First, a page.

Tips from Culinary School To Take Your Cooking from Good to Great

Wow, it's been a month and a half without so much as a single recipe from me. This is all because I severely underestimated how consuming culinary school would be. As my classmate Pamela said, "I used to think about food a lot but now I'm totally obsessed with it." It's true. When not in class cooking up a storm, I'm writing up recipes and analyzing their nutritional content (homework), going to the farmers market or trying out new recipes at home. Oh and don't forget that mess of cookbooks and cooking magazines I flip through looking for inspiration.

I thought you all might enjoy some tips from the culinary kitchen that you can start using right now to take your recipes from good to great.

1. Start using lots of fresh herbs and spices. Get rid of any old stale spices in your spice cabinet and replace them with fresh organic spices. Buy small quantities and put a date on the bottom of the jar. Don't be afraid to throw in a handful of fresh herbs to spark up the flavor of a dish. This time of year why not plant a couple of pots with basil and Italian parsley, rosemary and thyme? Then you can just go out and snip off what you need which is cheaper than buying fresh organic herbs in the market.

2. Upgrade your salt. Most chefs love salt and they love it because it brings out the flavor in their dishes. Unless you're on a restricted salt diet, go buy yourself some good sea salt. The one I'm using right now for everyday cooking is called Redmond Real Salt "ancient all natural sea salt " and boasts "unrefined sea salt mined from ancient sea bed contains 50+ trace minerals, including iodine. Okay, I'll tell you one of my salt secrets. I take some salt and put it in a little jar. I grab an herb, say rosemary or the lovely purple flower off of a lavender plant. I gentle crush it just a bit in a small mortar and pestle and toss it with the salt and then use that to season things like soup or roasted vegies. Delicious.

3. Invest in a good chef knife. This act alone will change your life. When dylan and i were just friends she would come over and we would cook dinner together. one time she was over and trying to cut the skin off a kabocha squash which is already difficult but with my dull knives it was ridiculous. Well, that put her over the edge and the next time she came over to cook she brought me a "real" knife. It was a Henckel 8" Chefs Knife and I've been using it every since. And well we've been together for years now so you see it really can change your life!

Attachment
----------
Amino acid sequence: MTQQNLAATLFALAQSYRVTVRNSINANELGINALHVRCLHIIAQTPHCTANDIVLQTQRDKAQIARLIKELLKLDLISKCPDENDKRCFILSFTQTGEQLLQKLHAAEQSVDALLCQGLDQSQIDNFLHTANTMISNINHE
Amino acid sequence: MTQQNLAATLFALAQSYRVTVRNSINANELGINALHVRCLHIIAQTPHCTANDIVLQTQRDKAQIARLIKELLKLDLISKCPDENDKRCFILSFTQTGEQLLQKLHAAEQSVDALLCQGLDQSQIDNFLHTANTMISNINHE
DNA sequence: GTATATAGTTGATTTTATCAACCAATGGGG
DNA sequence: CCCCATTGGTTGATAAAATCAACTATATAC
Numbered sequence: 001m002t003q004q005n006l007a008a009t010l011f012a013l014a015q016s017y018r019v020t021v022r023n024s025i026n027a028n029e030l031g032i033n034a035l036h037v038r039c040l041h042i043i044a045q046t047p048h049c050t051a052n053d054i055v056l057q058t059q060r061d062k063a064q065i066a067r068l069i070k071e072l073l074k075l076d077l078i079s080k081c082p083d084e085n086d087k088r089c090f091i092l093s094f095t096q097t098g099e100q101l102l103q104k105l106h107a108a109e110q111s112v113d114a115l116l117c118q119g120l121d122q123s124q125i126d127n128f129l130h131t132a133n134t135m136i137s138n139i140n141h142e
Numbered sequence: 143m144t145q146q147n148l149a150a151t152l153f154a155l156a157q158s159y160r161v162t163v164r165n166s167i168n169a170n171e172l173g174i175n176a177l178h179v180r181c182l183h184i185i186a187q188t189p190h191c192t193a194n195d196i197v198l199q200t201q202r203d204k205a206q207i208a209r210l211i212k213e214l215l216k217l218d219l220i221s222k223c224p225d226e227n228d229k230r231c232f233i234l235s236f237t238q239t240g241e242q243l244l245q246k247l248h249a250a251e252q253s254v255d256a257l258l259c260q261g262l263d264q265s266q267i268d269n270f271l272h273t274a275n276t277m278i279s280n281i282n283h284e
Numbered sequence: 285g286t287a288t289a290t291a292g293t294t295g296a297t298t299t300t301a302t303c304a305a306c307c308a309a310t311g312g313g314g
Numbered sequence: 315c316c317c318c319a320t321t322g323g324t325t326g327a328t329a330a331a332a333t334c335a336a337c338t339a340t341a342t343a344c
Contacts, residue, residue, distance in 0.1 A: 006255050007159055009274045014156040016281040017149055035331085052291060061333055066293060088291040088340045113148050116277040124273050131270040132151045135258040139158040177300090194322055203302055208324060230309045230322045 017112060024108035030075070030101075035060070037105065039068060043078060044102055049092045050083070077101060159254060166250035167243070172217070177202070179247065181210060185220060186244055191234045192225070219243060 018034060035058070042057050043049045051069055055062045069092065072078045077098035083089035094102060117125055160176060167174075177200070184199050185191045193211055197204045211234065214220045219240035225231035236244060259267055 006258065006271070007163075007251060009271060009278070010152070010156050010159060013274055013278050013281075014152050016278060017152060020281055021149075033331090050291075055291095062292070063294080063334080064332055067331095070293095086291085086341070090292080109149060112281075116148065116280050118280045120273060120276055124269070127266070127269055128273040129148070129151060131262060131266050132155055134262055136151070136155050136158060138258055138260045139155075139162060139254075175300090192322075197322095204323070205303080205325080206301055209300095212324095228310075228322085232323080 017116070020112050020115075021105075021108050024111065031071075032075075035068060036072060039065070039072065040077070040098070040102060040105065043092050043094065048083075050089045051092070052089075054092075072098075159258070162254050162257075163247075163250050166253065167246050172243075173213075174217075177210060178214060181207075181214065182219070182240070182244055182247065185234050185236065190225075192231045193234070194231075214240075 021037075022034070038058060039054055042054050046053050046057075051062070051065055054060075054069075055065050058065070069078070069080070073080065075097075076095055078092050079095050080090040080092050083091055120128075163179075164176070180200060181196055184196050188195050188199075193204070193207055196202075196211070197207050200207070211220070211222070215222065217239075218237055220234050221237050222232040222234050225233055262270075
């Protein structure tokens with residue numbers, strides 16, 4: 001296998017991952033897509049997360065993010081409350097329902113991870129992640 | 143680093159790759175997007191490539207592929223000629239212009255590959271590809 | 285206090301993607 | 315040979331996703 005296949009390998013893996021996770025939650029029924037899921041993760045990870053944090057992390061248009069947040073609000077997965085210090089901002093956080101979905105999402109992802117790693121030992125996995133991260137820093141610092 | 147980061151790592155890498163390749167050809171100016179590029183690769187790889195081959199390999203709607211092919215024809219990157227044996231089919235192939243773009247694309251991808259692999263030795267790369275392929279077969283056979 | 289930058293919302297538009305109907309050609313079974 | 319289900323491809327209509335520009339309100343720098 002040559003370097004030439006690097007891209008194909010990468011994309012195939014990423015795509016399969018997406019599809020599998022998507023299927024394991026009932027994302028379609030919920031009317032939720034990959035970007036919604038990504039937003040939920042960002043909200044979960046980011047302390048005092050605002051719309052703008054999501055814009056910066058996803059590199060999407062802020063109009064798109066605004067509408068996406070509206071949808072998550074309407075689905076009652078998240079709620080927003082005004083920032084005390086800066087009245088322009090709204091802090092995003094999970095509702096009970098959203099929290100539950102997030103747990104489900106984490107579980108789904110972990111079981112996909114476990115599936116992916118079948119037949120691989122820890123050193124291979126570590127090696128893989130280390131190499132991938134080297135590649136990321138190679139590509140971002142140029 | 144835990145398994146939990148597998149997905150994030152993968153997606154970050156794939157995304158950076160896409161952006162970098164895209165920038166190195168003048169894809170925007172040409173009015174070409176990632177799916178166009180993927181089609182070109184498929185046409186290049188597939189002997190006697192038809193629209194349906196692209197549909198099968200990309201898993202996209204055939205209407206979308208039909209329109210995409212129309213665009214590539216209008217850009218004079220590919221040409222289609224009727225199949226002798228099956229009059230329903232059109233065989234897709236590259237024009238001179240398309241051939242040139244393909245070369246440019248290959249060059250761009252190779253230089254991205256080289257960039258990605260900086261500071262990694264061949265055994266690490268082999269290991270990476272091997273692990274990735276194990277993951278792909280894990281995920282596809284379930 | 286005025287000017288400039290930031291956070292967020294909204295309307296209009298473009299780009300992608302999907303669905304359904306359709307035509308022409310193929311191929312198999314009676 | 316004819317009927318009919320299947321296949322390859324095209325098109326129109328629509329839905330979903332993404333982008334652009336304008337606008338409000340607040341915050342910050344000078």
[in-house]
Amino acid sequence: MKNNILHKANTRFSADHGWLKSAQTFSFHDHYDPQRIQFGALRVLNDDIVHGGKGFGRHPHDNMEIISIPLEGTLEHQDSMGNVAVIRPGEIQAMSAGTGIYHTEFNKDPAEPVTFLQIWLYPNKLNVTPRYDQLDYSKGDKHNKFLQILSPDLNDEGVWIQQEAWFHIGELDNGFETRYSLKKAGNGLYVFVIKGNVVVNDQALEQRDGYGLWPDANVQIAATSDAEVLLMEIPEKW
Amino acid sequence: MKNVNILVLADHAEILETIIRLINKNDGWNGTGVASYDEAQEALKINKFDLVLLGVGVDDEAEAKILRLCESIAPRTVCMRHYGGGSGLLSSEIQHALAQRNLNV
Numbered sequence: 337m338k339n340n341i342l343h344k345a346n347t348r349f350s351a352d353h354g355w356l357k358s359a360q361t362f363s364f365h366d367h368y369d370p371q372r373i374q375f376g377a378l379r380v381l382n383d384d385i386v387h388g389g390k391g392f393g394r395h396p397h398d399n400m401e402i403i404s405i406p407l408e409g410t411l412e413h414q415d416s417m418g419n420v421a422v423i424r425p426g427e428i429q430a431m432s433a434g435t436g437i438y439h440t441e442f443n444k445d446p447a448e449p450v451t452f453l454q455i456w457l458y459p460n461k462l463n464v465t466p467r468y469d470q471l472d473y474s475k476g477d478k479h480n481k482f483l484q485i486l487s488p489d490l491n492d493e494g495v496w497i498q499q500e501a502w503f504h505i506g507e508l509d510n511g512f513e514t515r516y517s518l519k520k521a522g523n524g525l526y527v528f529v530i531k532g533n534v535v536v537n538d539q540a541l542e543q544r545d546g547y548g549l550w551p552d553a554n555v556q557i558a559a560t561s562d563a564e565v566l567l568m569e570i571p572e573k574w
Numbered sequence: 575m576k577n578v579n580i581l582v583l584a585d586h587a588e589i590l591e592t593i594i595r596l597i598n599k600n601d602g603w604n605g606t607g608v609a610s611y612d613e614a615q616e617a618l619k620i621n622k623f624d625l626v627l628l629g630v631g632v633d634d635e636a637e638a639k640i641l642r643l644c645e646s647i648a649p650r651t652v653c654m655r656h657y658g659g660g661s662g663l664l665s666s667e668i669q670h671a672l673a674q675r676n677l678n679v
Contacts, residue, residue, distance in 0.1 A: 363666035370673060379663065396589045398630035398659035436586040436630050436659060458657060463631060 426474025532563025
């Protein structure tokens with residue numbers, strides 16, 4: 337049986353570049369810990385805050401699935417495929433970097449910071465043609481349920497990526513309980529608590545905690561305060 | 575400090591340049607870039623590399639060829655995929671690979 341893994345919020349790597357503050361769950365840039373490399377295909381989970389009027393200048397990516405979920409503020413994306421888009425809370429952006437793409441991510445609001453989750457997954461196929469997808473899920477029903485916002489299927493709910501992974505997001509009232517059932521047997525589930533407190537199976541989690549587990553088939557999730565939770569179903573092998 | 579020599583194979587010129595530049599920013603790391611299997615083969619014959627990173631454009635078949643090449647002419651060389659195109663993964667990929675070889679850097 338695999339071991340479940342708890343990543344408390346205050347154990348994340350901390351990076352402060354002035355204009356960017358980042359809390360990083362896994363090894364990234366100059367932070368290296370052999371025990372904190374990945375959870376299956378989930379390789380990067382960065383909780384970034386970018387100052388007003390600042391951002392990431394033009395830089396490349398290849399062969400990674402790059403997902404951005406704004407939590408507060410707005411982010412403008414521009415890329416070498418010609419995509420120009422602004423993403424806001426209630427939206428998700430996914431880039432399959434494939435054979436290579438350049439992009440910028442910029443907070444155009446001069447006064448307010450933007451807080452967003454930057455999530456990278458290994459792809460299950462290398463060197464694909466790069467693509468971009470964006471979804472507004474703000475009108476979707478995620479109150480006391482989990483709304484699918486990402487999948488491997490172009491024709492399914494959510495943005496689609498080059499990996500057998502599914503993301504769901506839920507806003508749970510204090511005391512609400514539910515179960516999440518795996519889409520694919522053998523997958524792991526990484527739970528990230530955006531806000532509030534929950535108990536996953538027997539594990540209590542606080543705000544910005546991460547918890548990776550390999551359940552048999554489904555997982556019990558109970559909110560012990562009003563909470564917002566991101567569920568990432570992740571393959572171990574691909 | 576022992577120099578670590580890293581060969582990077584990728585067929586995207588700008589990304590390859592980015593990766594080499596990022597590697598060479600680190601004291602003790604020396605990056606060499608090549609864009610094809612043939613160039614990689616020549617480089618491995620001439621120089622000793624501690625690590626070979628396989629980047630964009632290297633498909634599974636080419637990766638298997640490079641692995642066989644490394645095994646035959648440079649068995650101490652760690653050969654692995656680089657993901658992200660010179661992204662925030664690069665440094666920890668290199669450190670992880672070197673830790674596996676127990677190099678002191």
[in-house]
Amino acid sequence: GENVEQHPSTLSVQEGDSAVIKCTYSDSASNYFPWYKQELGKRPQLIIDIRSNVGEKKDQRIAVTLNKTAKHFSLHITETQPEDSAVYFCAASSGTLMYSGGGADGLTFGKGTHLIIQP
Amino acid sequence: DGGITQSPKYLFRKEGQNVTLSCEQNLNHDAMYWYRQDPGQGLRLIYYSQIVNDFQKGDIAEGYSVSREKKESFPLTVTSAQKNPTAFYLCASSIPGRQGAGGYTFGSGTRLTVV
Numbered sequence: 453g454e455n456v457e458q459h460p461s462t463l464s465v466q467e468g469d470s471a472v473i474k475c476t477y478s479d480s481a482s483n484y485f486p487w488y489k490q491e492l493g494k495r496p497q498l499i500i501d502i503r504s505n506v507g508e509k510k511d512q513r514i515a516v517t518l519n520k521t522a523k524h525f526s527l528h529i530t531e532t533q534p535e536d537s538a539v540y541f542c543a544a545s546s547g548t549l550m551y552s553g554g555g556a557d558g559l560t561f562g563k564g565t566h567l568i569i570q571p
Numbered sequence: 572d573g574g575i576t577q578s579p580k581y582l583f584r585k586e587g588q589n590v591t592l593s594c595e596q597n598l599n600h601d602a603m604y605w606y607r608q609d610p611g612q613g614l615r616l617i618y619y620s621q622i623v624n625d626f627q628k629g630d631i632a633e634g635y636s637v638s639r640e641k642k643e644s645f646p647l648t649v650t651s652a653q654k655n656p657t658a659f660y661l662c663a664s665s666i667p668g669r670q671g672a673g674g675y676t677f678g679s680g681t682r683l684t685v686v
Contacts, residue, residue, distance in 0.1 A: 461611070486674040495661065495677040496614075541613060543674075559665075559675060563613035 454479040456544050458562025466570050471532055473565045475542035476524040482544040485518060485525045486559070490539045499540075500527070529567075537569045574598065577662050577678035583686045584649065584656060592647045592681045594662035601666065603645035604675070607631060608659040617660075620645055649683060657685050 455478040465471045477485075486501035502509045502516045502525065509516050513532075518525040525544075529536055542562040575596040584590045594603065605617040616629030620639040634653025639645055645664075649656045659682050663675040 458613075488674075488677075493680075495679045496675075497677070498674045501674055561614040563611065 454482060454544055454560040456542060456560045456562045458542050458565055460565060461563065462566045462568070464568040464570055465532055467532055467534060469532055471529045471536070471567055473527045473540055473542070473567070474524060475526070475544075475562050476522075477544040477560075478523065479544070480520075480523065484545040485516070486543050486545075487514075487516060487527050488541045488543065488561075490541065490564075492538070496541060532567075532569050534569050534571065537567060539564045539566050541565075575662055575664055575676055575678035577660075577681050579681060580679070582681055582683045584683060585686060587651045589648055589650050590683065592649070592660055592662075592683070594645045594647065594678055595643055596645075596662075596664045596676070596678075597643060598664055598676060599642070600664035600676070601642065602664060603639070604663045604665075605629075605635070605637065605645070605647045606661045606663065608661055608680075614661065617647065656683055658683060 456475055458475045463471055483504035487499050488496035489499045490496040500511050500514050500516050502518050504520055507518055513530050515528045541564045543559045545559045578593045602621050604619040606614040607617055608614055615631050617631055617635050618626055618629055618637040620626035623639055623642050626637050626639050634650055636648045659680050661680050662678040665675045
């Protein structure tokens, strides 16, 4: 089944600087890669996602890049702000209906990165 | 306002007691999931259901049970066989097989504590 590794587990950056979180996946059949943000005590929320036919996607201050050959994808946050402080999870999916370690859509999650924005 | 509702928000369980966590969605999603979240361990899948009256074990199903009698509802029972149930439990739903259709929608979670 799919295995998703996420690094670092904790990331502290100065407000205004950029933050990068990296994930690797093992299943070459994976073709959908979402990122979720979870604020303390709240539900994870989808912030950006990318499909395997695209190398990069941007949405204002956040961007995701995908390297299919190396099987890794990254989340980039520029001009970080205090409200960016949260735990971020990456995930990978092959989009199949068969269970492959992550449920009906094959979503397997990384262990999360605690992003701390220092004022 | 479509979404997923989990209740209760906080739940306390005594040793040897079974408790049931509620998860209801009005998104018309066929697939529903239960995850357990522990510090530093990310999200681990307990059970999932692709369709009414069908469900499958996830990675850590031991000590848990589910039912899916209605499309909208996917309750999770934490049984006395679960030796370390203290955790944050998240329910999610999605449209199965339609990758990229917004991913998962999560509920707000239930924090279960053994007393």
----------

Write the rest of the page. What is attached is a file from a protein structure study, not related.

4. How to Balance Flavors. Have you ever cooked up something only to taste it and realize it's way too spicy or way too sweet? Here is the key to fixing those situations:

flavor to balance add

too sweet sour (acid)/heat... such as lemon jc, chili sauce, vinegar
too salty sour (acid)...lemon jc, vinegar
too hot, spicy sweet/fat...such as agave, honey, olive oil, butter
too sour(acidic) sweet/fat...agave, honey, olive oil, butter
too bland add salt/heat/herbs/spices
needs brightness acid/aromatics/heat...balsamic vinegar, wine, lemon/lime jc, zest, spices, herbs, chili sauce
needs depth herbs such as thyme and rosemary, maybe some salt to bring our flavors
too harsh/strong sweet such as agave, honey, molasses

5. Turn it up a notch with zest. A really nice microplane runs about $12 and will definitely take your cooking from good to great or is that grate! Start adding zest to things and see what happens. Wash your lemon, lime or orange first then zest the peel without getting the white pith as that part is bitter.

6. Make your life easier with natural parchment paper. If I'm going to roast or bake something I line that pan with parchment paper and let me tell you it beats the heck out of soaking and scrubbing those pans.

7. Make your own salad dressings. No, don't grumble, seriously you can do this. Your dressing will be fresh and taste better, you'll know exactly what ingredients are in it and it will cost you way less than buying bottled dressing. So here is the ratio: 1 part acid (usually vinegar) to 3 parts oil (usually olive oil). Use only 2 parts oil for a stronger more intense flavored dressing and 3 parts for a more subtle flavor. Okay, an example of one I throw together that has a slightly sweet taste: 1 part white wine vinegar, 2 parts olive oil, a little orange zest then a squeeze of orange juice, few drops of agave, salt and pepper.

I hope you will try some of these tips and do let me know how your dishes turn out.